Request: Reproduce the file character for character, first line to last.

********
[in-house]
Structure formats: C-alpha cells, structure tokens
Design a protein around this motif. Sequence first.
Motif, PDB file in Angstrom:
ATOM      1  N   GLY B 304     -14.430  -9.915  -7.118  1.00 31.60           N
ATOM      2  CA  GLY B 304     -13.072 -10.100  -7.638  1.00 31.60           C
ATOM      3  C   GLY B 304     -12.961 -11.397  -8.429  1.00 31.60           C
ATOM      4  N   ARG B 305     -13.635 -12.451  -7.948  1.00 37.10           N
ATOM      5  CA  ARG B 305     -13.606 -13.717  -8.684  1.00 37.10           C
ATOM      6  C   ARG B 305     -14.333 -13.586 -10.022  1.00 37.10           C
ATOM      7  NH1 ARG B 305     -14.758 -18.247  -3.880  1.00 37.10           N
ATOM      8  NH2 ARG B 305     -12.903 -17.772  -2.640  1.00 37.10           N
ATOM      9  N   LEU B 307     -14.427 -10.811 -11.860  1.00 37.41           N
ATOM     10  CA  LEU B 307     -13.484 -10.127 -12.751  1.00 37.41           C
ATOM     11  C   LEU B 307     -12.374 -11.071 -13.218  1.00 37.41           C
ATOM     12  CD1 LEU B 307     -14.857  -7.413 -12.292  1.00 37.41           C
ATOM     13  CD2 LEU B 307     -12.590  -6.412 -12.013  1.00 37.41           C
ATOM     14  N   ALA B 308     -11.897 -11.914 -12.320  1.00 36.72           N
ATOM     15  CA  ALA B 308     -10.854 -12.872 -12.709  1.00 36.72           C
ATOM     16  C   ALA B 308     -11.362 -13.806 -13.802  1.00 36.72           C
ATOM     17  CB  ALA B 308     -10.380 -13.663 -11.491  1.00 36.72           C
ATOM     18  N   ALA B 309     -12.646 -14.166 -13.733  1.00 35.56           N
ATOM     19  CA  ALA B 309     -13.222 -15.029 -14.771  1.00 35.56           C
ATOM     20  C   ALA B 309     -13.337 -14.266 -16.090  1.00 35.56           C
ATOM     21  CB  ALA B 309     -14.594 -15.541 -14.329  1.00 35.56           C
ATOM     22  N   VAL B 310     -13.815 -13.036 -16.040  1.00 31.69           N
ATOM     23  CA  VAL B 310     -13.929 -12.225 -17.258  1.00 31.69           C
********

[in-house]
Structure formats: C-alpha cells, structure tokens
Design a protein around this motif. Sequence first.
Motif, PDB file in Angstrom:
ATOM      1  N   GLY B 304     -14.430  -9.915  -7.118  1.00 31.60           N
ATOM      2  CA  GLY B 304     -13.072 -10.100  -7.638  1.00 31.60           C
ATOM      3  C   GLY B 304     -12.961 -11.397  -8.429  1.00 31.60           C
ATOM      4  N   ARG B 305     -13.635 -12.451  -7.948  1.00 37.10           N
ATOM      5  CA  ARG B 305     -13.606 -13.717  -8.684  1.00 37.10           C
ATOM      6  C   ARG B 305     -14.333 -13.586 -10.022  1.00 37.10           C
ATOM      7  NH1 ARG B 305     -14.758 -18.247  -3.880  1.00 37.10           N
ATOM      8  NH2 ARG B 305     -12.903 -17.772  -2.640  1.00 37.10           N
ATOM      9  N   LEU B 307     -14.427 -10.811 -11.860  1.00 37.41           N
ATOM     10  CA  LEU B 307     -13.484 -10.127 -12.751  1.00 37.41           C
ATOM     11  C   LEU B 307     -12.374 -11.071 -13.218  1.00 37.41           C
ATOM     12  CD1 LEU B 307     -14.857  -7.413 -12.292  1.00 37.41           C
ATOM     13  CD2 LEU B 307     -12.590  -6.412 -12.013  1.00 37.41           C
ATOM     14  N   ALA B 308     -11.897 -11.914 -12.320  1.00 36.72           N
ATOM     15  CA  ALA B 308     -10.854 -12.872 -12.709  1.00 36.72           C
ATOM     16  C   ALA B 308     -11.362 -13.806 -13.802  1.00 36.72           C
ATOM     17  CB  ALA B 308     -10.380 -13.663 -11.491  1.00 36.72           C
ATOM     18  N   ALA B 309     -12.646 -14.166 -13.733  1.00 35.56           N
ATOM     19  CA  ALA B 309     -13.222 -15.029 -14.771  1.00 35.56           C
ATOM     20  C   ALA B 309     -13.337 -14.266 -16.090  1.00 35.56           C
ATOM     21  CB  ALA B 309     -14.594 -15.541 -14.329  1.00 35.56           C
ATOM     22  N   VAL B 310     -13.815 -13.036 -16.040  1.00 31.69           N
ATOM     23  CA  VAL B 310     -13.929 -12.225 -17.258  1.00 31.69           C